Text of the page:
11.2 CONSTITUTIONAL FOUNDATIONS (1763 – 1824): Growing political and economic tensions led the American colonists to declare their independence from Great Britain. Once independent, the new nation confronted the challenge of creating a stable federal republic.(Standards: 1, 5; Themes: TCC, GOV, CIV, ECO)

Before 1764 Social Studies Framework Key Ideas

4.2 NATIVE AMERICAN GROUPS AND THE ENVIRONMENT: Native American groups, chiefly the Iroquois (Haudenosaunee) and Algonquian-speaking groups, inhabited the region that became New York. Native American Indians interacted with the environment and developed unique cultures. (Standards: 1, 3, 5; Themes: ID, MOV, GEO, GOV)

4.3 COLONIAL AND REVOLUTIONARY PERIOD IN NEW YORK: European exploration led to the colonization of the region that became New York State. Beginning in the early 1600s, colonial New York was home to people from many different countries. Colonial New York was important during the Revolutionary Period. (Standards 1, 3, 4; Themes: MOV, TCC, GEO, SOC, GOV)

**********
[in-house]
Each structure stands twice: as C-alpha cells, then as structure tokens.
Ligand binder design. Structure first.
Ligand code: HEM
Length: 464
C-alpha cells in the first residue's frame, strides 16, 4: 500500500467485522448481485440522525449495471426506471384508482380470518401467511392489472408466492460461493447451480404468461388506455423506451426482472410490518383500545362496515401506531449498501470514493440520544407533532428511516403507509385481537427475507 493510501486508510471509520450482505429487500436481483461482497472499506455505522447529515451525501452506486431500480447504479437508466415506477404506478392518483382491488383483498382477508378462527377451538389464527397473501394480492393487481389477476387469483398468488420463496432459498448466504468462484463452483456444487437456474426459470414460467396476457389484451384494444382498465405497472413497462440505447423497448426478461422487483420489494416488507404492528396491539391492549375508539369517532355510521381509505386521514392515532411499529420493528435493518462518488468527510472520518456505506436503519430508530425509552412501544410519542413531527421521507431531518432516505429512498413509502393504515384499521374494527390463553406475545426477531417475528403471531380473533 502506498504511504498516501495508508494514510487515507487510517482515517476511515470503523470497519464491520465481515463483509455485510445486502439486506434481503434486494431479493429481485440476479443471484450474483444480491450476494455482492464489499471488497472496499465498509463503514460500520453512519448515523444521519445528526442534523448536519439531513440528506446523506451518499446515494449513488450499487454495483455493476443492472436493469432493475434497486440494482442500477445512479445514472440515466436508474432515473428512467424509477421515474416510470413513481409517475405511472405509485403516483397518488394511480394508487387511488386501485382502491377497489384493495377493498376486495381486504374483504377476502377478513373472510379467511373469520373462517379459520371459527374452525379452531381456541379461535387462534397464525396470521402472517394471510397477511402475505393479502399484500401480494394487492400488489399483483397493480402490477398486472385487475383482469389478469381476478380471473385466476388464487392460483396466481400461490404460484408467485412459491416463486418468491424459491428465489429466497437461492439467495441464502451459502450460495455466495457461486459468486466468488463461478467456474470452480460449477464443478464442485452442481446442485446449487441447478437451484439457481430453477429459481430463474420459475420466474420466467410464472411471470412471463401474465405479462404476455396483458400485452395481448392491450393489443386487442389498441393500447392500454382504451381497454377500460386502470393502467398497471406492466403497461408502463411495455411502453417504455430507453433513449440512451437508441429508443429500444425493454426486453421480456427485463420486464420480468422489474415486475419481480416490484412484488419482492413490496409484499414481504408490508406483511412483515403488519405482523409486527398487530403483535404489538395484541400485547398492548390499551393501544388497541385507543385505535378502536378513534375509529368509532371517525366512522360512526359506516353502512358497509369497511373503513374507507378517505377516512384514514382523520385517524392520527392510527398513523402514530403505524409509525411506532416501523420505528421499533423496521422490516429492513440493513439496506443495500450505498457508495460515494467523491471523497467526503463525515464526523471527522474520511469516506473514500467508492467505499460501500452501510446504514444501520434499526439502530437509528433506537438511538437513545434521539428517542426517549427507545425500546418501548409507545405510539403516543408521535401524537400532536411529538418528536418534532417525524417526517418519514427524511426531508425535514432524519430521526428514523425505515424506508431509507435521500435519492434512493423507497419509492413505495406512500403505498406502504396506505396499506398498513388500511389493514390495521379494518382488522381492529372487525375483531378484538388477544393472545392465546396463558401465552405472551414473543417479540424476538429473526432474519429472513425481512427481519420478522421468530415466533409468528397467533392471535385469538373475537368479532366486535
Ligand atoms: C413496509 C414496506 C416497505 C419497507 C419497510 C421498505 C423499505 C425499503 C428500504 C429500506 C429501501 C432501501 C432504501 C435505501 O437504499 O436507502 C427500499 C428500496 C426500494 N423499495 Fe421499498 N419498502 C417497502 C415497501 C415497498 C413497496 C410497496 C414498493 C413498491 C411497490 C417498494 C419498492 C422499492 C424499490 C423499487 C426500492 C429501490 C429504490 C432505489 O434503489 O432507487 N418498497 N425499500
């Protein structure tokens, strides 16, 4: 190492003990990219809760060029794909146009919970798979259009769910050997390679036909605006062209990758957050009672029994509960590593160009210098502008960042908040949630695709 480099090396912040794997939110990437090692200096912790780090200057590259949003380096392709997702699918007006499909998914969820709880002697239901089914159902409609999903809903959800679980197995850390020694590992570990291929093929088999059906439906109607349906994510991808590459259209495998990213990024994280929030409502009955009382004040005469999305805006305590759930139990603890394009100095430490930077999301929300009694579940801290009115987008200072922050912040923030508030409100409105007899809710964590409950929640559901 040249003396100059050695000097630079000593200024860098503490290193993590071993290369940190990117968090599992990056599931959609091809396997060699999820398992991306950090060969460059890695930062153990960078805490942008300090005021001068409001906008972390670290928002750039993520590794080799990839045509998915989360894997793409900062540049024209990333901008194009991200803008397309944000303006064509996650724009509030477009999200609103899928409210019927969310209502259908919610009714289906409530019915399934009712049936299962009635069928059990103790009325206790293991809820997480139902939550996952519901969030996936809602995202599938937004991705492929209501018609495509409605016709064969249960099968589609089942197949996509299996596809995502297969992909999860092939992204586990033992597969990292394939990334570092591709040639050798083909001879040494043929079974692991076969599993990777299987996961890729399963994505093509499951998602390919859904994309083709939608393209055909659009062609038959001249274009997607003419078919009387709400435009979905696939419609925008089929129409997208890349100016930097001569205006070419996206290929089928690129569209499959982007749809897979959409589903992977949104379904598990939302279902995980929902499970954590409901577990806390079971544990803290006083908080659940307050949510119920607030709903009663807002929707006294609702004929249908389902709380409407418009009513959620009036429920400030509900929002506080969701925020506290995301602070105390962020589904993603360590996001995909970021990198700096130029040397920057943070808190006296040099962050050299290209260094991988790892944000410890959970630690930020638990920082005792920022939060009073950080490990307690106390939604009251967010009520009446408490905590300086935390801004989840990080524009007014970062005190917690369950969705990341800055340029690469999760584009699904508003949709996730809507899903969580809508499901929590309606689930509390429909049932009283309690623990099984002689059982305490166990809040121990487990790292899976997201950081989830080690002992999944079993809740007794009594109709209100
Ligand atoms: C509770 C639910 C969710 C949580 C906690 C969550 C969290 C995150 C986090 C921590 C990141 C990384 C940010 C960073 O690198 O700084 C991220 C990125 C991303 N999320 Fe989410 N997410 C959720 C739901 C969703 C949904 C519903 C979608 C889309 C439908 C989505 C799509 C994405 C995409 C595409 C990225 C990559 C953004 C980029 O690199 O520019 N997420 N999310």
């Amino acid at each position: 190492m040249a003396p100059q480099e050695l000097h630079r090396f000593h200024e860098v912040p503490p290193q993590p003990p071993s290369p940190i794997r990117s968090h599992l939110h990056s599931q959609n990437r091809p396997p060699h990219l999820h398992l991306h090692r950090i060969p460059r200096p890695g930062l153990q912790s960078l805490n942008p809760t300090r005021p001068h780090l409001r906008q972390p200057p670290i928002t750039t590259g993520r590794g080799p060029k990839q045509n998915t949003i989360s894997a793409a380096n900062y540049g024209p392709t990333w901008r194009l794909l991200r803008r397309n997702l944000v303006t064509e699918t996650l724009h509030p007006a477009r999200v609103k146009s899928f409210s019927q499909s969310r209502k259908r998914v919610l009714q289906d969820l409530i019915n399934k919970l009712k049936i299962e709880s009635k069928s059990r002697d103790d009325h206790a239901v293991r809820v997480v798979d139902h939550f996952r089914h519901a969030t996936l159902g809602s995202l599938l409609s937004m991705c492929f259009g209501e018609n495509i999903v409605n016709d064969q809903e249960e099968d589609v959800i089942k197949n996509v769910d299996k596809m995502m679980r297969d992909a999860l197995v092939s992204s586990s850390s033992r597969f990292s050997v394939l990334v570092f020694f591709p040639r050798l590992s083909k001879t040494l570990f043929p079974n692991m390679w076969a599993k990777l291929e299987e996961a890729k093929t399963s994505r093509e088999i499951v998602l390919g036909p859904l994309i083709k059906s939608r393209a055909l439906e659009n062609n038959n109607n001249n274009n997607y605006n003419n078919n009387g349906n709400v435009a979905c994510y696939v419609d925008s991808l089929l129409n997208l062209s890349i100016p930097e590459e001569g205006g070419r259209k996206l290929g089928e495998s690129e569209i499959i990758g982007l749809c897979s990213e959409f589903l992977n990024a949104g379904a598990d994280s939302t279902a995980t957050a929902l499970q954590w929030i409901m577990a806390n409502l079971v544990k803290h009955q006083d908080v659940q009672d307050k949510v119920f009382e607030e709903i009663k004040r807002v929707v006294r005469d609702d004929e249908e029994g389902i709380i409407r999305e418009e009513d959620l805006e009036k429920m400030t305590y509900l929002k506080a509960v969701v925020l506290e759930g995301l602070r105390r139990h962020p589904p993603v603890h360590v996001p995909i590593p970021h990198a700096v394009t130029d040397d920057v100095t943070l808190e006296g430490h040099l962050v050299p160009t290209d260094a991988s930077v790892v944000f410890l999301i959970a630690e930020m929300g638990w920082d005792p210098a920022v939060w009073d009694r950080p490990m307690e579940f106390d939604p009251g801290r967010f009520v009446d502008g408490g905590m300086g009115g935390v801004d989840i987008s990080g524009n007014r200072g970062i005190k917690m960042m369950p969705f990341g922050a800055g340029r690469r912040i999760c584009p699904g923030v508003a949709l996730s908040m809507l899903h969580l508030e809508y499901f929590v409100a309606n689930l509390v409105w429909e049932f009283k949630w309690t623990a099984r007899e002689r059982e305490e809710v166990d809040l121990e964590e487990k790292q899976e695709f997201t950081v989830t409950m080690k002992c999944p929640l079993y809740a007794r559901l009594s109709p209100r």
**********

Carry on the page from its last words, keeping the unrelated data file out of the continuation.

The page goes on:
• 4.3a Europeans in search of a route to Asia explored New York’s waterways. Early settlements began as trading posts or missions.
  • 4.3b Colonial New York became home to many different peoples including European immigrants, and free and enslaved Africans. Colonists developed different lifestyles.
  • 4.3c In the mid-1700s, England and France competed against each other for control of the land and wealth in North America. The English, French, and their Native American allies fought the French and Indian War. Several major battles were fought in New York.
  • 4.3d Growing conflicts between England and the 13 colonies over issues of political and economic rights led to the American Revolution. New York played a significant role during the Revolution in part due to its geographic location.